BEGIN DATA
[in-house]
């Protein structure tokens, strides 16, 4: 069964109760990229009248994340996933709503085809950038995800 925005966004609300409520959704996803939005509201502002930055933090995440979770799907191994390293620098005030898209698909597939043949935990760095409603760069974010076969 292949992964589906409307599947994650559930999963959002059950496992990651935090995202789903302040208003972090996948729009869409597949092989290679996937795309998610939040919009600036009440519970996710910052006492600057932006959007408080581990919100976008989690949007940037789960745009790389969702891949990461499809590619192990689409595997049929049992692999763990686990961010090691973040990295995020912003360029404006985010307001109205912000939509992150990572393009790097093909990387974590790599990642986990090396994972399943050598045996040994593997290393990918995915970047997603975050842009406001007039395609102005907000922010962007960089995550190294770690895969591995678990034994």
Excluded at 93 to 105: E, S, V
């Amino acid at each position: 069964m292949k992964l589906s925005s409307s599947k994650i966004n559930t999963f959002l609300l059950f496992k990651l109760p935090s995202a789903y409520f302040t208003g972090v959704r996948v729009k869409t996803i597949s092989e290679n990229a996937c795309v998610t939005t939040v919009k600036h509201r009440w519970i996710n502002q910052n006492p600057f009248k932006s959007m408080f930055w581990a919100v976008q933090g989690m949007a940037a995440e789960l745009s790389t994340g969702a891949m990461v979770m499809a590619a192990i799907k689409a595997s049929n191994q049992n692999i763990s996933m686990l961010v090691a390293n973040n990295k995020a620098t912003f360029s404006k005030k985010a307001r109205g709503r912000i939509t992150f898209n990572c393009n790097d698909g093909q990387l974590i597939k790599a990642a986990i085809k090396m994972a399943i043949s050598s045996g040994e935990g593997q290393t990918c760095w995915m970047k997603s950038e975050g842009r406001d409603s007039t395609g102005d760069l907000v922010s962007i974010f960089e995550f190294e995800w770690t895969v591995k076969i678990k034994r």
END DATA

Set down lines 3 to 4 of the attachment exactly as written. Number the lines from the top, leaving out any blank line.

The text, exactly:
Excluded at 93 to 105: E, S, V
């Amino acid at each position: 069964m292949k992964l589906s925005s409307s599947k994650i966004n559930t999963f959002l609300l059950f496992k990651l109760p935090s995202a789903y409520f302040t208003g972090v959704r996948v729009k869409t996803i597949s092989e290679n990229a996937c795309v998610t939005t939040v919009k600036h509201r009440w519970i996710n502002q910052n006492p600057f009248k932006s959007m408080f930055w581990a919100v976008q933090g989690m949007a940037a995440e789960l745009s790389t994340g969702a891949m990461v979770m499809a590619a192990i799907k689409a595997s049929n191994q049992n692999i763990s996933m686990l961010v090691a390293n973040n990295k995020a620098t912003f360029s404006k005030k985010a307001r109205g709503r912000i939509t992150f898209n990572c393009n790097d698909g093909q990387l974590i597939k790599a990642a986990i085809k090396m994972a399943i043949s050598s045996g040994e935990g593997q290393t990918c760095w995915m970047k997603s950038e975050g842009r406001d409603s007039t395609g102005d760069l907000v922010s962007i974010f960089e995550f190294e995800w770690t895969v591995k076969i678990k034994r």